Regulatory Studies Program

Regulatory Studies Program

The Regulatory Studies Program works to improve the state of knowledge about regulations and their effects on society. The program identifies market-based solutions that achieve regulatory goals, improving the overall performance of the regulatory process, and acts as a resource to scholars and students who share the goal of improving regulatory policy.

Research

Thomas D. Hopkins, Benjamin Miller, Laura Stanley | Aug 26, 2014
Applying benefit-cost analysis in the White House regulatory oversight process served as a basic mission of the Council on Wage and Price Stability (CWPS) during its seven-year lifespan (1974–1981). This paper reviews that CWPS experience, which involved filing comments in over 300 proceedings at more than 25 federal regulatory agencies.
Courtney A. Collins | Aug 25, 2014
Since its inception, the education system in the United States has been structured in a very decentralized way. The federal government has historically played a limited role in public schools, leaving the majority of decisions to be made at the state and local level. The extent of federal involvement began to widen, however, in 1965 with the passage of the Elementary and Secondary Education Act (ESEA).
Jerry Ellig, Richard Williams | Aug 13, 2014
The number of regulations and their economic impact continue to grow. Yet the quality and use of economic analysis to inform regulatory decisions falls far short of the standards enunciated in executive orders governing regulatory analysis and review.
Thomas Stratmann, Jake Russ | Jul 15, 2014
Many states have certificate-of-need regulations, which prohibit hospitals, nursing homes, and ambulatory surgical centers from entering new markets or making changes to the existing capacity of medical facilities without first gaining approval from certificate-of-need regulators.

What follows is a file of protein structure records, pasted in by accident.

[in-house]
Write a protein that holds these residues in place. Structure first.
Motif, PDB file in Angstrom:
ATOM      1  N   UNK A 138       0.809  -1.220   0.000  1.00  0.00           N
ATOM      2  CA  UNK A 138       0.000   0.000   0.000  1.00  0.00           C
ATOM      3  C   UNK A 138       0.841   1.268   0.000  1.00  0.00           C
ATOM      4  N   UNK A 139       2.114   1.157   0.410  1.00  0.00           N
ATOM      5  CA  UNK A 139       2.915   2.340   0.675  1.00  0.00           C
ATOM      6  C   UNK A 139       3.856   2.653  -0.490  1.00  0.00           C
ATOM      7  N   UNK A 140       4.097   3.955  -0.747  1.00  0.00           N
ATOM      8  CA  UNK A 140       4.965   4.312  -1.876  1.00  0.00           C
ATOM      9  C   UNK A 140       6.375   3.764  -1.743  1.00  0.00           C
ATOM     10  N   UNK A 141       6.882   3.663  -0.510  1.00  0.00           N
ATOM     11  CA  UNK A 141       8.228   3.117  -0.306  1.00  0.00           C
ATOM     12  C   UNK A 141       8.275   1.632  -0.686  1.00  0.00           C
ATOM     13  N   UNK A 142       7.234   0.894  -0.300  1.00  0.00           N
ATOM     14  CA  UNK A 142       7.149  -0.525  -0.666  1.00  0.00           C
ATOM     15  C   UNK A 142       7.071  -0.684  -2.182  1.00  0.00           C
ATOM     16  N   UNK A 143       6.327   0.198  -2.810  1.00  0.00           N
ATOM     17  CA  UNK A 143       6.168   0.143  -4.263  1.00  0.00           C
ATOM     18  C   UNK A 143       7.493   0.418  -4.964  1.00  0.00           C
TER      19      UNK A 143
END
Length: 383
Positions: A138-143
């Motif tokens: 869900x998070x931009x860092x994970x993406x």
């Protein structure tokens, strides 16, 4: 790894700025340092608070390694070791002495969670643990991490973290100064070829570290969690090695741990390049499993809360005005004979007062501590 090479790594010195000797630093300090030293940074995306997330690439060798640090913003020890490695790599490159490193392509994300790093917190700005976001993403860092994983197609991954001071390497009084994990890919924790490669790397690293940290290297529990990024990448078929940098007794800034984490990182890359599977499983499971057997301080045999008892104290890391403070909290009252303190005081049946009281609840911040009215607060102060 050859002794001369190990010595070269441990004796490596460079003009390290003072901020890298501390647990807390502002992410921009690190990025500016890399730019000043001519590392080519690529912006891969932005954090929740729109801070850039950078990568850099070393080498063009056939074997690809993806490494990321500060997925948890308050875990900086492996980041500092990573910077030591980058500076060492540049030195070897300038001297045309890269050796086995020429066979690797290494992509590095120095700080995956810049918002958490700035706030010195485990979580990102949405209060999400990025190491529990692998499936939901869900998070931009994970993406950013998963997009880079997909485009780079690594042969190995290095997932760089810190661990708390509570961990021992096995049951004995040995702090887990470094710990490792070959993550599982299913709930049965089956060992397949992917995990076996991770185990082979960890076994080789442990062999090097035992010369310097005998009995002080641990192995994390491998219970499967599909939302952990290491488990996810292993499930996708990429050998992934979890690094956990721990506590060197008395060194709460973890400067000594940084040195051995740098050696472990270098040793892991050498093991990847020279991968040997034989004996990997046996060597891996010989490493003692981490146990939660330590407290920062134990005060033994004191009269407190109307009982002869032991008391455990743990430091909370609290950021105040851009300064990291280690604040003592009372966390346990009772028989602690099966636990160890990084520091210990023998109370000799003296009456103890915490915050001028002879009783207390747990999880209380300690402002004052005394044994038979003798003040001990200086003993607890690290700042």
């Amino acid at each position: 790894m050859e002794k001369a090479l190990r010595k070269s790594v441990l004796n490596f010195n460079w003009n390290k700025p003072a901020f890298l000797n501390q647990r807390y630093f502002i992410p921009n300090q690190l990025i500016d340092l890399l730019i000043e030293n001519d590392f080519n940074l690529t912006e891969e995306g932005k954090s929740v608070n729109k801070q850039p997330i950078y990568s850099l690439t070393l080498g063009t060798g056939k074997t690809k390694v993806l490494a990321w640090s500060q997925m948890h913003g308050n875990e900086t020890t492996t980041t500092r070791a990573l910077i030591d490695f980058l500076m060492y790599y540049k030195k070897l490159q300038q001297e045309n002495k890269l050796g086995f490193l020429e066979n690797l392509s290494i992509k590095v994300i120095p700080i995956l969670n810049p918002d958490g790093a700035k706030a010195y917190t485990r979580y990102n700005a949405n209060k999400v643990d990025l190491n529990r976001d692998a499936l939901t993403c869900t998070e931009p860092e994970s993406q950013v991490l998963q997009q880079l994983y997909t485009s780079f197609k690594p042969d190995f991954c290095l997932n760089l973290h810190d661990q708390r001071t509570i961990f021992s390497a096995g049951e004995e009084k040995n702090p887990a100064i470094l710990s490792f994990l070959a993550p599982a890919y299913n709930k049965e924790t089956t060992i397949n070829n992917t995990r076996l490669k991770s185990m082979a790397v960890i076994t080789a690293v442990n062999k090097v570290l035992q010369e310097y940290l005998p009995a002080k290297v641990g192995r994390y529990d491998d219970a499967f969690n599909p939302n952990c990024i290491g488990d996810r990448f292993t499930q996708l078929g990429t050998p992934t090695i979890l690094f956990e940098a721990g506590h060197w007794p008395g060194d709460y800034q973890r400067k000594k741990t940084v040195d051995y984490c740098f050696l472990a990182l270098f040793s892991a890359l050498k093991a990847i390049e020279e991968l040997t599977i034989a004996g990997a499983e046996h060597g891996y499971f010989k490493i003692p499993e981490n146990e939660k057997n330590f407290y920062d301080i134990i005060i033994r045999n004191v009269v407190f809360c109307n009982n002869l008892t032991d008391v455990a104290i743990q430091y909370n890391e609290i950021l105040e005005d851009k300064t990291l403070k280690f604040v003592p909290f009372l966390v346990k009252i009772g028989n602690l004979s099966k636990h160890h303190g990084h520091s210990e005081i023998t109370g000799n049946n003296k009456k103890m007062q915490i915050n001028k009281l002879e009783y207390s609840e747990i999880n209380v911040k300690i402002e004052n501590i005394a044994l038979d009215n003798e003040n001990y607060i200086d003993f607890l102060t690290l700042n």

John D. Graham , James Broughel | Jun 04, 2014
The papers in our series tell an important story about how federal regulators—whether by design or by effect—circumvent both the APA and OIRA oversight. Regulators thus can achieve their ends without adhering to the standard regulatory procedures that represent part of the checks and balances of American government. These procedures have been designed to ensure that technical expertise drives regulatory decisionmaking, as well as to ensure a certain degree of democratic accountability of regulators to the public.
Matthew Mitchell, Christopher Koopman | Jun 04, 2014
Instead, policymakers should focus on more direct, effective, and less problematic solutions to reduce the tangle of regulatory burdens encountered by craft brewers. Eliminating regulatory burdens for all firms would allow brewers to succeed or fail on the basis of their ability to provide the greatest value to consumers at the lowest cost to society.

Testimony & Comments

Michael L. Marlow | Jun 27, 2014
This public interest comment estimates the range of annual benefits (costs avoided) associated with e-cigarette use as $15.6 billion to $49.2 billion and that 2.4 million to 6.4 million smokers may potentially become ex-smokers by using e-cigarettes. Estimates are based on a range of quit rates from the current literature and assume all smokers interested in quitting use e-cigarettes. Even a fraction of estimated benefits (costs saved) are substantial. These estimates indicate the FDA is jeopardizing public health by not estimating benefits associated with e-cigarettes using data from readily available studies on their efficacy as harm-reduction tools.
Keith Hall | Apr 07, 2014
This comment addresses Environmental Protection Agency’s request for advice in “developing an ‘analytic blueprint’ of materials on the technical merits and challenges of using economy-wide models to evaluate the social costs, benefits, and economic impacts associated with EPA’s air regulations.” The agency plans to present these materials to a new Science Advisory Board (SAB) panel with “expertise in economy-wide modeling.”…
Jerry Brito | Apr 02, 2014
Online virtual currencies are nothing new. They have existed for decades—from World of Warcraft Gold to Facebook Credits to e-gold. Neither are online payments systems new. PayPal, Visa, and Western Union Pay are all examples. So what is it about Bitcoin that makes it unique? Bitcoin is the world’s first completely decentralized digital currency. Its decentralized nature results in lower transactions costs, making it particularly attractive to small businesses. It could also be an attractive electronic payments option for consumers, including the unbanked and underbanked. Risks include volatility and security, but these are not problems inherent in Bitcoin’s design.
Todd Nesbit | Mar 04, 2014